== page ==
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Six things from the Board of Trustees meeting you need to know about

Board of Trustees meeting on April 12
Board of Trustees meeting on April 12

As the Auburn University Board of Trustees met on Friday in Montgomery, several topics directly relating to students and the Auburn family were discussed. Whether it was athletic facility upgrades or the creation of an entirely new degree, a lot of ground was covered. Here’s what you need to know.

Student center Starbucks receiving renovation

Initially approved at the June 17, 2022, meeting, the Starbucks located on the second floor of the Melton Student Center will be relocated downstairs to where Au Bon Pain currently is.

The project will renovate roughly 2,400 sq. ft. in order to accommodate the equipment necessary to serve the full Starbucks menu. Additions include a larger point of sale and brewing station, a mobile pick-up counter and a new lounge space that would offer additional seating.

According to the Board of Trustees, this project will cost $1.75 million and will be funded by Campus Dining.

Seay, Seay, and Litchfield Architects of Montgomery, Alabama, was chosen as the project architect.

Plainsman Park improvements

While Auburn baseball fans have known about this upgrade to Plainsman Park for some time, final details of the project were released Friday.

According to renderings provided by the Board of Trustees, virtually every addition to the stadium would be for fans, including an expansion of the covered awning, a three-story expansion of premium seating along the first baseline stands, a new club space, additional concessions stands, improved accessibility for the south entrance and the right field terrace, additional seating over the player performance development facility, a 4,200 sq. fr. viewing area over the left field wall and adjacent concessions and restrooms.

The project is expected to cost $30 million and is to be funded by a combination of gifts, athletic department funds and University bonds.

Cooke Douglass Farr Lemons of Jackson, Mississippi, was chosen as the architect for the project.

Recreation and Wellness Center renovation for Health Promotion and Wellness Services

In a move aimed at consolidating student well-being resources under the same roof, the Board of Trustees approved the relocation of the office of Health Promotion and Wellness Services from the Melton Student Center to the Recreation and Wellness Center.

The project would see the Recreation and Wellness Center’s basement renovated into office space to accommodate the move. While the cost associated with the move has not yet been released, the plan released at Friday’s meeting revealed funding would come from campus recreation funds.

Services provided by the office include individualized nutrition advice, wellness coaching and alcohol and substance use counseling.

McWhorter Center gymnastics and softball team area renovation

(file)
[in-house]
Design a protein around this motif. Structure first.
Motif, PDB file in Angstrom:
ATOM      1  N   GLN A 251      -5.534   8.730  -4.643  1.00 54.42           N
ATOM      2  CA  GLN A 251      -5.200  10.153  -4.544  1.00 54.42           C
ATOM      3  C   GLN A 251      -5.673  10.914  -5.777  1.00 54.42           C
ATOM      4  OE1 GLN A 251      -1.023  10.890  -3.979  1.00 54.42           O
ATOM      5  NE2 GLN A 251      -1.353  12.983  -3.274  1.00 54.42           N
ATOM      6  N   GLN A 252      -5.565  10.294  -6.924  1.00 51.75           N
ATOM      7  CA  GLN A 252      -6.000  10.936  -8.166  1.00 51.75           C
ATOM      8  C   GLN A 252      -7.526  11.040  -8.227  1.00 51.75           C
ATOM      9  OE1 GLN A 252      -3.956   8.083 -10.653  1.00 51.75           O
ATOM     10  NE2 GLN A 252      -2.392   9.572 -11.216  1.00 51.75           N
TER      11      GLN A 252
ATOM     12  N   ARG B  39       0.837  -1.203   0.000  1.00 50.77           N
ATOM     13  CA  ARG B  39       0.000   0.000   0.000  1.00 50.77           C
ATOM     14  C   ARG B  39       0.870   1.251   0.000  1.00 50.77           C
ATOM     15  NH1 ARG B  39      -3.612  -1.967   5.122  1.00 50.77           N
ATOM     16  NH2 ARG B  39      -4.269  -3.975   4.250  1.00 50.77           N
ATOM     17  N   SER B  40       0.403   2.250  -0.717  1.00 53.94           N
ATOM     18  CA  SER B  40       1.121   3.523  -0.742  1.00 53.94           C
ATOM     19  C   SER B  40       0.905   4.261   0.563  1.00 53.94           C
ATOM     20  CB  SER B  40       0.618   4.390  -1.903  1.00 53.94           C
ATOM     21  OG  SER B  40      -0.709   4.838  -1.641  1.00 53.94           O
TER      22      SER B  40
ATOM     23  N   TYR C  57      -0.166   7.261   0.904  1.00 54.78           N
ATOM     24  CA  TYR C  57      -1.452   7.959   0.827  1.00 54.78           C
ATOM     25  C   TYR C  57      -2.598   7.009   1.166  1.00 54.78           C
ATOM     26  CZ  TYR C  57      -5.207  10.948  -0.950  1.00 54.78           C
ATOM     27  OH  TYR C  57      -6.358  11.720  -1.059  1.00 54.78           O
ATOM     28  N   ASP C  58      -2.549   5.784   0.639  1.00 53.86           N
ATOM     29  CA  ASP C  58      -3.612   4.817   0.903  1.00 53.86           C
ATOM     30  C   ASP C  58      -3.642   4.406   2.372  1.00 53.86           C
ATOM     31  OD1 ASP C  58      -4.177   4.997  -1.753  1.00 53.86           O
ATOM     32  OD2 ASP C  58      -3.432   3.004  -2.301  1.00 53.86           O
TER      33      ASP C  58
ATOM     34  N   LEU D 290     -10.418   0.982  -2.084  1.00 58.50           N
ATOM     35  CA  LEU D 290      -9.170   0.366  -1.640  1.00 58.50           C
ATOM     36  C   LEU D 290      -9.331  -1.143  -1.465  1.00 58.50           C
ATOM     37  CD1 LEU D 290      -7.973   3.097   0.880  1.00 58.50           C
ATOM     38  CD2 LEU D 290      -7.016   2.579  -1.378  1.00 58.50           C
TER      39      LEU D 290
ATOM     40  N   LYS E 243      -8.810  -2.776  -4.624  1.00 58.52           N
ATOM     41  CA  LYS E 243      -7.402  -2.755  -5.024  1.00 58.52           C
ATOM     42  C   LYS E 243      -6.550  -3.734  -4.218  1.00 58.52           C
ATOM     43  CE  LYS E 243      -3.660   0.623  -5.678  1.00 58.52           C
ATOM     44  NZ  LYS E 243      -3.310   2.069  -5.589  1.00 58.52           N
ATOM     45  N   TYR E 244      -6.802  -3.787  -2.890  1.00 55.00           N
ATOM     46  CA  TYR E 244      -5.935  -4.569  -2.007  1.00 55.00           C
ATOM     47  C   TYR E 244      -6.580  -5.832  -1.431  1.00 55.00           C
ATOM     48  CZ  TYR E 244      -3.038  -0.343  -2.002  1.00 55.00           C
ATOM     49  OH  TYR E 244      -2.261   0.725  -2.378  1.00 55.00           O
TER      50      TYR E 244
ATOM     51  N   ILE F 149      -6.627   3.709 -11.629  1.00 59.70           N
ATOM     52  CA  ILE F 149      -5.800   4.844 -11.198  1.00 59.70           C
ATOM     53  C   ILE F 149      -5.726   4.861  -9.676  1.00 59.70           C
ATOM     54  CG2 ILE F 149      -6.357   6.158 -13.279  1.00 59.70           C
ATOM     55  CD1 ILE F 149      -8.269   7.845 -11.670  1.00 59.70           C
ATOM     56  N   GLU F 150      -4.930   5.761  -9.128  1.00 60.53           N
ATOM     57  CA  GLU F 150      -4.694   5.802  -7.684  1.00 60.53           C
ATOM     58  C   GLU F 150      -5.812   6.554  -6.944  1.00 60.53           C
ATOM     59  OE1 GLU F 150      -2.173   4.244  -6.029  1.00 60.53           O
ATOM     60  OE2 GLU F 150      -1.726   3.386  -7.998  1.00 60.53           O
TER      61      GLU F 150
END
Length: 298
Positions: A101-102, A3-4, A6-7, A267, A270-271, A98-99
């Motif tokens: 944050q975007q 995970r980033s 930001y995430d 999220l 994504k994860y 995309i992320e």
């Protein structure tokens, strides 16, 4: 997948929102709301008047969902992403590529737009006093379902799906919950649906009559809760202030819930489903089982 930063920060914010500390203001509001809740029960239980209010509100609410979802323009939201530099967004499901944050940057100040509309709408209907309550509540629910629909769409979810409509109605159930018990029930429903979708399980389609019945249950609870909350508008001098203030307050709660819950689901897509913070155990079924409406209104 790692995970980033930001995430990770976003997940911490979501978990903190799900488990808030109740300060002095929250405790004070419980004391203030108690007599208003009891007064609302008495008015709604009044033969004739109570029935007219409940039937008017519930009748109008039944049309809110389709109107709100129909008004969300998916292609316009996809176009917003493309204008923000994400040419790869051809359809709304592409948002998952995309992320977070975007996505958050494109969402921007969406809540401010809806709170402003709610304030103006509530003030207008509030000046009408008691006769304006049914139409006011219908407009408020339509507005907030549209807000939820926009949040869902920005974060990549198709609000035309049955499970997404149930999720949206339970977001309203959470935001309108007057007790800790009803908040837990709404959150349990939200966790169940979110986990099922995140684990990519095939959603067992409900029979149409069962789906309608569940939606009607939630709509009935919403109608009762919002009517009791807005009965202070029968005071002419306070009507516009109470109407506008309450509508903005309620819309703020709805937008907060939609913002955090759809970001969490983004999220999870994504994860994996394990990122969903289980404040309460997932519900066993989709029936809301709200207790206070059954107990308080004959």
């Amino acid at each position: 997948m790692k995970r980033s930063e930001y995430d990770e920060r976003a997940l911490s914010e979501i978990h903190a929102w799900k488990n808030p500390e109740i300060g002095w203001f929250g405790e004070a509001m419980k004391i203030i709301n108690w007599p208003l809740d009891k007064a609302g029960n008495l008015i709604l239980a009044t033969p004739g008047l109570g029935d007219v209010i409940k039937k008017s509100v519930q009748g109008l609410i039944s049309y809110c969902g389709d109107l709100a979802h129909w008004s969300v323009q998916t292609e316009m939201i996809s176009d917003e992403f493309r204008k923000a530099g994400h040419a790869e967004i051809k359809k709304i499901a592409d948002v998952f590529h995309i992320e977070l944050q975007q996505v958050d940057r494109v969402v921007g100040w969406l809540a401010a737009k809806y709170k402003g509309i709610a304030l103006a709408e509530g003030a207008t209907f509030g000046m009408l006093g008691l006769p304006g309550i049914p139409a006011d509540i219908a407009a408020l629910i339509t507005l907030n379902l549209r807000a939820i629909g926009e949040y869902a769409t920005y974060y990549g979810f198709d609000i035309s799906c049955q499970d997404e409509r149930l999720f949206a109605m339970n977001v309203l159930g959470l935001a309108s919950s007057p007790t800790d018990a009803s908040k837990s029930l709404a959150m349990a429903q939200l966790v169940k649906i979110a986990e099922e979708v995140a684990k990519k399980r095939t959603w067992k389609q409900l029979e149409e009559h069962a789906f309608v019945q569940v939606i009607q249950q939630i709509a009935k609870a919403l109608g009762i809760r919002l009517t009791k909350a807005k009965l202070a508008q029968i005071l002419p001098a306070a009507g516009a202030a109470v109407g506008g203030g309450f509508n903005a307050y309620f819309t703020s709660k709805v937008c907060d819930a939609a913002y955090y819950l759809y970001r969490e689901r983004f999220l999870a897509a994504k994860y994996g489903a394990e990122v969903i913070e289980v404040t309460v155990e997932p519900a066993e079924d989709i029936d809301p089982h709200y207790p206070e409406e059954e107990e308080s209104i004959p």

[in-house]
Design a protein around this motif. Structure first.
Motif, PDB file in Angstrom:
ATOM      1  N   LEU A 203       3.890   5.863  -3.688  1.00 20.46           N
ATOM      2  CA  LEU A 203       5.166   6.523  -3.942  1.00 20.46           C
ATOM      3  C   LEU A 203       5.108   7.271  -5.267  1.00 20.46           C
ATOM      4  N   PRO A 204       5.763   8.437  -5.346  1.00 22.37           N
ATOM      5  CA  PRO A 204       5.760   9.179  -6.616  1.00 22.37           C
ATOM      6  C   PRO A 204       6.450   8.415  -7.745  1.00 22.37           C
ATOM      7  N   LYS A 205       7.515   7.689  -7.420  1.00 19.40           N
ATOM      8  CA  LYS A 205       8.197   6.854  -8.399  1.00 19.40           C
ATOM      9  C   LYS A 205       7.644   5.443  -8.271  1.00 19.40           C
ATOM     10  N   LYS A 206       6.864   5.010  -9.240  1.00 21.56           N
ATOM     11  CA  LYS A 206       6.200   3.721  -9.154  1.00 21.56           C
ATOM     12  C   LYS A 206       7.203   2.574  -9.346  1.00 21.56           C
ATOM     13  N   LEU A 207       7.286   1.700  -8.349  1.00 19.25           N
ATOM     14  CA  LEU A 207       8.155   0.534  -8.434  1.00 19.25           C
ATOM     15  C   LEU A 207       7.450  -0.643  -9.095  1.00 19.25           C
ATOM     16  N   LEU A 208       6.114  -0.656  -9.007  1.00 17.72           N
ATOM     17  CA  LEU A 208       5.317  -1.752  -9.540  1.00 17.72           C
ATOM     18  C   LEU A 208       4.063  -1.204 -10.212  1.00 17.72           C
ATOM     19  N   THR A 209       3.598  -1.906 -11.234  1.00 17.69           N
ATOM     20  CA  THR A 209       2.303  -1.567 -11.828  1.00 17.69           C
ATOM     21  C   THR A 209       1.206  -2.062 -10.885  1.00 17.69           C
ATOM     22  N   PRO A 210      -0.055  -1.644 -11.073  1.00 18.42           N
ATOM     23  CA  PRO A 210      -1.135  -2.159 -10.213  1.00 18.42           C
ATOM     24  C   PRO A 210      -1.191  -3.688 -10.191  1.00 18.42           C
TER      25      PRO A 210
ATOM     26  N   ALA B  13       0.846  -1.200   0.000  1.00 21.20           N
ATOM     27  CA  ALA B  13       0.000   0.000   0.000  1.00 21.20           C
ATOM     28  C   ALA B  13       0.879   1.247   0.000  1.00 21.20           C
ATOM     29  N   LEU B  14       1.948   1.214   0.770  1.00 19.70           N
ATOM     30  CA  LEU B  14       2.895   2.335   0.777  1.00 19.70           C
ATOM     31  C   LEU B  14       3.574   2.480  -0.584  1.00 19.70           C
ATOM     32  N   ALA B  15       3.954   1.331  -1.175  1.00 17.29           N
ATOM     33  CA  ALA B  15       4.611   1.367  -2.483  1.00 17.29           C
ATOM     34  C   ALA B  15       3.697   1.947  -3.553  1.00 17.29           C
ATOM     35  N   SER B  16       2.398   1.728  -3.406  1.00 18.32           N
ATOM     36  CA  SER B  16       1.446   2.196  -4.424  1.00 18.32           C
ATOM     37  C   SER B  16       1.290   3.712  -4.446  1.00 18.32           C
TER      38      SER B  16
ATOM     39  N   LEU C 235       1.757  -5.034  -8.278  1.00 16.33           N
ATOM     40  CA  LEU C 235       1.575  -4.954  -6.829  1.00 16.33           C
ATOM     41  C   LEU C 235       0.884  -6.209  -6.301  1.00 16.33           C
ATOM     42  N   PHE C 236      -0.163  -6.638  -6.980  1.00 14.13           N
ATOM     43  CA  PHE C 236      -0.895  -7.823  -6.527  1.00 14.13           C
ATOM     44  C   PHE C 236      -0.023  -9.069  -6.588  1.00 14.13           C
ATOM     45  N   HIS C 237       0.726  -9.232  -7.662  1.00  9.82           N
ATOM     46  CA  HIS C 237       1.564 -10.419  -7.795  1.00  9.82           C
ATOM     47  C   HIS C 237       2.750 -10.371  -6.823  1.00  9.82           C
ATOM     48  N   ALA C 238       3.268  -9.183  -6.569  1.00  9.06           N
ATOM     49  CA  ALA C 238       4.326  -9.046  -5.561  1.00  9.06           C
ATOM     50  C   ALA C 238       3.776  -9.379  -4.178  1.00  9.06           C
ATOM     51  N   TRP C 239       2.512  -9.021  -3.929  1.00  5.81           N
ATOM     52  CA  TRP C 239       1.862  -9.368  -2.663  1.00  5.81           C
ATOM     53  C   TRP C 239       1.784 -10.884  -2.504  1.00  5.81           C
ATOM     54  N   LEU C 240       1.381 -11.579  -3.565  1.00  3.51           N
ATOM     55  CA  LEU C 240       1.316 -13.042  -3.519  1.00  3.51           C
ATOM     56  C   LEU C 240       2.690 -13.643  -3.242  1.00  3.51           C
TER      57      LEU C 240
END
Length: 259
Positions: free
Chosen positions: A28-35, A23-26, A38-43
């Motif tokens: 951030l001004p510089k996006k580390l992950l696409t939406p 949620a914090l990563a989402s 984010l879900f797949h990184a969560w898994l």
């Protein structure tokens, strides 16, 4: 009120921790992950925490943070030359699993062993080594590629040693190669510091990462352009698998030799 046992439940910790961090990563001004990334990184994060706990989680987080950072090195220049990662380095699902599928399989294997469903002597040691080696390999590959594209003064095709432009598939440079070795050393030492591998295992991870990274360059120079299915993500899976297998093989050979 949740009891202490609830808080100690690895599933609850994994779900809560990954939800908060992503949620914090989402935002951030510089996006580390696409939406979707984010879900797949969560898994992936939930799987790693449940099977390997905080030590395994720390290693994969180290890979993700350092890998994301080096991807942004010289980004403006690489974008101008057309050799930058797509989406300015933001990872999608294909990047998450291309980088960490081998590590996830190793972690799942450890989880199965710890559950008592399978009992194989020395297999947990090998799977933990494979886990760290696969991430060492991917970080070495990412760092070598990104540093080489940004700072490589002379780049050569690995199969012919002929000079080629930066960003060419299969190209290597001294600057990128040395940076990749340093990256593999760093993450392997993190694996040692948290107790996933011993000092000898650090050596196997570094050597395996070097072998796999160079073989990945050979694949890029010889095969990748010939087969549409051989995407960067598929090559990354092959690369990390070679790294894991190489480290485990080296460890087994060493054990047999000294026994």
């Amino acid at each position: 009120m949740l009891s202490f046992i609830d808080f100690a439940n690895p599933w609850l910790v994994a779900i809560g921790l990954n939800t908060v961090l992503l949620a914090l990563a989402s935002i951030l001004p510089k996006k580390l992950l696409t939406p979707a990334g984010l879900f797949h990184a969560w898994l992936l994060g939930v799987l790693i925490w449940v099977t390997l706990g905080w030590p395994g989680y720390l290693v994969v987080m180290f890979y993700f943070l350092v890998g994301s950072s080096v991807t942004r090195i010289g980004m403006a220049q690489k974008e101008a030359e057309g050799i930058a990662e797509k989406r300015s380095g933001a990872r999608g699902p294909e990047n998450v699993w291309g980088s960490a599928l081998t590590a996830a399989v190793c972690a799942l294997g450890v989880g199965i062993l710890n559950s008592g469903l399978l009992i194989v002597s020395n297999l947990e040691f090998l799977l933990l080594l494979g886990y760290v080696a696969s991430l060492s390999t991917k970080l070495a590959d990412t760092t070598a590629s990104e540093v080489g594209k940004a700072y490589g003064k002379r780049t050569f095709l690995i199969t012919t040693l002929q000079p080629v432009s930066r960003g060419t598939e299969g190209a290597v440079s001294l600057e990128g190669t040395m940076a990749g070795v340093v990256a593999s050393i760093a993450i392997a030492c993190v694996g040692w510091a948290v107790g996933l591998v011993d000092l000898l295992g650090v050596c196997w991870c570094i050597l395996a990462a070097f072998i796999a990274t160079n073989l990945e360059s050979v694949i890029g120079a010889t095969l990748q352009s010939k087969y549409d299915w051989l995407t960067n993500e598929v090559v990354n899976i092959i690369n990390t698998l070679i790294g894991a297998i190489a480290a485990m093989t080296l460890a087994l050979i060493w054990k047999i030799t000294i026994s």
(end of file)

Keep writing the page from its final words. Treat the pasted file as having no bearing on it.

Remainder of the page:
Considering the recent success of both Auburn’s softball and gymnastics teams, the Board of Trustees approved the renovation of team areas in the McWhorter Center to help them “compete nationally at the highest level.”

Changes to the 33,500 sq. ft., two-story building include makeovers to both the gymnastics and softball team locker rooms, training rooms and the replacement of various building systems such as ventilation.

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The project is expected to cost around $4.9 million and is to be funded by gifts and athletic department funds.

Davis Architects of Birmingham, Alabama, was chosen as the project architect.

Proposed Bachelor of Science in Public and One Health

In what will be the first undergraduate program offered by Auburn University’s College of Veterinary Medicine, the Board of Trustees approved the creation of the Bachelor of Science in Public and One Health.

The program will serve as the primary undergrad academic unit within the college and will have a  multi-disciplinary curriculum with courses provided by other colleges.

According to Interim Provost and Sr. VP for Academic Affairs Vini Nathan, the global health emergency brought on by the ongoing COVID-19 pandemic was the inspiration behind the creation of the program. 

During her presentation, Nathan said it will aim to address the need for a one health systems approach. In the report published by the Board of Trustees, 75% of new or emerging infectious diseases in humans come from animals, which is why the College of Veterinarian Medicine was chosen to lead this initiative.

For the first three years, the program is expected to receive a cohort of roughly 50 students annually.

Clinic buildings demolition

In addition to the numerous construction and renovation projects approved by the Board of Trustees, a series of related demolition projects were also greenlighted Friday. 

As previously reported by The Plainsman, the plan to tear down the Early Learning Center and other vacant nearby buildings associated with the College of Human Sciences will proceed as planned.

Before its closure near the end of the spring 2022 semester, the Early Learning Center had operated in the same building off the Haley Concourse since 1939.

Demolition of the buildings, which is expected to cost $3.05 million, will begin in the summer of 2023 to begin site preparation for the planned University Student Housing project. Until the new housing begins, the area will be designated as a campus green space.

All work is scheduled to be completed before football season begins.

Daniel Schmidt | Assistant News Editor

Daniel Schmidt, senior in journalism, is the assistant news editor for the Auburn Plainsman. 

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